Yes. But these days me and my well-educated hetero feminist friends have two categories of male-female relationships, if we have them at all. There are those of us with intellectual affairs and those of us with just, um, affairs. Never the twain shall meet. I am in the first category, and let me tell you that the grass is looking much, much greener on the other side.

What, pray tell, is an intellectual affair? I've had so many of them, that I might as well have a Ph.D. in that, too. Intellectual affairs revolve around the episodic mind f*ck and they have all the potential to leave you feeling just as emotionally drained as an ill-thought sexual liaison. In an intellectual affair, your mind, rather than your body, is your biggest asset. That's all the person wants you for—the amazing insight you have, the way you make them think differently, the advice you give. Ugh. Your body, however, get the short end of the stick.

Said affairs usually start like this:

You and a brother meet at an academic event. Perhaps you're both guest panelists on some discussion about Black life, culture, or politics.  You hear what he has to say and think to yourself depending on your needs at the time,  "The brother is intelligent, articulate, and cute to boot.  I wanna get to know him better." And if you're honest, you probably also think, "Wow. He could get it." The brother sees you and thinks (apparently, and I'm most certainly speculating), "Wow. She's attractive and really, really smart. Probably couldn't pull her though. I don't have enough degrees [money, etc, etc]." There are basically three types of dude reactions in this scenario: dude A will ignore you entirely. Dude B the educated, but intimidated jerk will attempt to diminish you to make himself feel better. Dude C has hometraining and considers himself progressive. He respects strong, intelligent women. His mama probably is one. So he befriends you. For you, it's the start of a beautiful friendship with tantalizing possibilities. For him, it is and will only ever be friendship, because he perceives that you are more intelligent and accomplished than he. And that makes you friendable, but not datable, and certainly not f*ckable. Why the two are mutually exclusive is absolutely beyond me.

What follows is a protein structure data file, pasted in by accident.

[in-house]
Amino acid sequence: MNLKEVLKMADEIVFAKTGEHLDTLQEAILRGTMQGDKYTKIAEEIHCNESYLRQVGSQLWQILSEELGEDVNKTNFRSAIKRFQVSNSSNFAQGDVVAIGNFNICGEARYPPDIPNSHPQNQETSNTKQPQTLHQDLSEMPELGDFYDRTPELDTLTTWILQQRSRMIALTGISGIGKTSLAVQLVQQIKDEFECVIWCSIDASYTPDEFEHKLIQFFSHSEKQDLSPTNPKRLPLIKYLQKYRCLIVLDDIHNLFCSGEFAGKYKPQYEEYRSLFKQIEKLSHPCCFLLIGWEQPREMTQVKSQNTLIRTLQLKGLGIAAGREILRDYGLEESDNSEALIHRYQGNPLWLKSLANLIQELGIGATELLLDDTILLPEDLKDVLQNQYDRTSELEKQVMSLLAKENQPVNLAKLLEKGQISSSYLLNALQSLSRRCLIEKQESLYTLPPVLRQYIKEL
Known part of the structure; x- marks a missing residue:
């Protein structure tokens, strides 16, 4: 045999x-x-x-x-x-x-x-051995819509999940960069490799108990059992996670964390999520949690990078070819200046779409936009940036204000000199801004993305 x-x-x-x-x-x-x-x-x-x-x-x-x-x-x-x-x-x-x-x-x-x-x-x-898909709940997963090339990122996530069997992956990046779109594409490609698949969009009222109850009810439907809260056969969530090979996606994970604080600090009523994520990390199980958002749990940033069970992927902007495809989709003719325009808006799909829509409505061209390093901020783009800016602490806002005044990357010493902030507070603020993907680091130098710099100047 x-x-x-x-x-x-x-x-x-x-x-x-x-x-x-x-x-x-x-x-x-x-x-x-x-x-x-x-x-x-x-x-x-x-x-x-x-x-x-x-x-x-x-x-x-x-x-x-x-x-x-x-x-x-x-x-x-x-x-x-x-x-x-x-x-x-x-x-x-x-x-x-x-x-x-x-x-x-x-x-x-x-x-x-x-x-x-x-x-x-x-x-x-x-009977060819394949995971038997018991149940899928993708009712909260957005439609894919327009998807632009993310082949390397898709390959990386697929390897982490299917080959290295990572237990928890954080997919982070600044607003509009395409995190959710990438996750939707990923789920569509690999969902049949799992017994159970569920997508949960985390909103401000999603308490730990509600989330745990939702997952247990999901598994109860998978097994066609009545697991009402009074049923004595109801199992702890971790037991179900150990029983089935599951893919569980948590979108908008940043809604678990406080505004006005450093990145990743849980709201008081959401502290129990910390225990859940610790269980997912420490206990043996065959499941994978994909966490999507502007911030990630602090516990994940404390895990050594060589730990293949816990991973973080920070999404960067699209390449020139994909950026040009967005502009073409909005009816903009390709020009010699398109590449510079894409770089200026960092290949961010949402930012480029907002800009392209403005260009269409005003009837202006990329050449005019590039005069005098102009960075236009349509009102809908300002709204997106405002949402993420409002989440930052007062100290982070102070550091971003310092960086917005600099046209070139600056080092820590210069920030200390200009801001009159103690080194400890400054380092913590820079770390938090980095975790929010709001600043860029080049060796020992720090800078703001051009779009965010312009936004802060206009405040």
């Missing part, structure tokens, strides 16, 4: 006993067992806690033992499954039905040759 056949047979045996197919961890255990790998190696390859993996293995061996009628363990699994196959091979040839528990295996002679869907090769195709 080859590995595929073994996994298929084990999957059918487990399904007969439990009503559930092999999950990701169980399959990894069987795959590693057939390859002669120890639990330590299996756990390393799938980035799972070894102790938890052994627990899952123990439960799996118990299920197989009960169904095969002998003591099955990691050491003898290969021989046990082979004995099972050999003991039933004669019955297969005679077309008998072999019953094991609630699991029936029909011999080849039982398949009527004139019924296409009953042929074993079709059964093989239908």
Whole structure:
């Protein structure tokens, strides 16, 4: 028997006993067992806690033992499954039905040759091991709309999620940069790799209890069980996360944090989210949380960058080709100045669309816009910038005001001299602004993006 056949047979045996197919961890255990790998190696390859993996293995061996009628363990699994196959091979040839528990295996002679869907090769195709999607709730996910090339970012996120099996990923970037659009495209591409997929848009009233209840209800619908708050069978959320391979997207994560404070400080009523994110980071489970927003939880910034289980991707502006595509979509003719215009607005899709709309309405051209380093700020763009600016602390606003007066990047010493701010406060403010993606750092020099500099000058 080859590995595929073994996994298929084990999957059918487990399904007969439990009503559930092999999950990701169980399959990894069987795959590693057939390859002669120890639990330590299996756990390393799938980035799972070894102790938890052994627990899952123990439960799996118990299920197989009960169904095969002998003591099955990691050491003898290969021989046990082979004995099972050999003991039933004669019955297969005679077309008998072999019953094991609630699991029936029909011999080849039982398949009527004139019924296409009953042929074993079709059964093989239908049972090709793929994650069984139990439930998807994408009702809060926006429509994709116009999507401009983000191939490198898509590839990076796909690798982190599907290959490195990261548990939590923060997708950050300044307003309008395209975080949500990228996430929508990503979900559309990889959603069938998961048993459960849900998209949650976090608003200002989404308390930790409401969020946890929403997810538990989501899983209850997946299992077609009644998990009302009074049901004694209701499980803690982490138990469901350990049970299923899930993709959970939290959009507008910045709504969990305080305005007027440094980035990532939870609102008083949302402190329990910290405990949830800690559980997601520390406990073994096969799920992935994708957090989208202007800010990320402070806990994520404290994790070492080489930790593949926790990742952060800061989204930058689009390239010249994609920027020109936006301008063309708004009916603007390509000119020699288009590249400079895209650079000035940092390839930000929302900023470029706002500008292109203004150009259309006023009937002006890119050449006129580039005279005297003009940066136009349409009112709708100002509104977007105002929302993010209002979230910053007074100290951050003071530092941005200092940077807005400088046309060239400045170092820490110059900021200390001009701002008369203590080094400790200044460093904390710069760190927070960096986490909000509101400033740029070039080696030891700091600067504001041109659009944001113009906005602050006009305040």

So yes, just for today, I blame feminism for the particularly sucky state of my love life.  If you ride or die for feminism, you will inevitably find yourself in a kind of dating quicksand, knowing that you're sinking, but absolutely unable to do anything about it.  I knew I was sunk after the first hour or so.  I had a strategy, which I had mapped out diligently with my homegirl the night before. She had said to me: "Now just let him see you. You don't have to do all that feminist stuff right up front. I mean be you, but be the regular you. He's already seen you be Dr. You. Show him the other stuff."  However much my fellow feminist friends will find such talk problematic, I totally felt her, because these are the pragmatic issues of dating while feminist. So my alert went off when he kept asking me questions about my research. I really need to shift this conversation to something non-academic. And quick! Because otherwise, I'm going to be permanently in the homegirl—unwilling sage—big sister [by virtue of superior accomplishment] category before I can say the words P.H.D.

It didn't work. Every attempt to express all the reasons why my love affair with the idea of a Ph.D. is over [numero uno being this whole terrible dating scenario, numero dos being the fact that I'm acutely aware in this moment of just how warm my diploma will not be keeping me tonight] led right back to discussing the Ph.D. Now that's partially because the brother is about to embark on the journey himself. Commendable and attractive. But I'm not trying to be his advisor. If I was interested in a professional relationship, I would've invited him to office hours or lunch once the school year starts. But it's the middle of the summer and at my invitation [because feminists aren't afraid to ask for what we want] we're having ice cream at 3p.m. in the middle of the week. Clearly, this is not a professional encounter.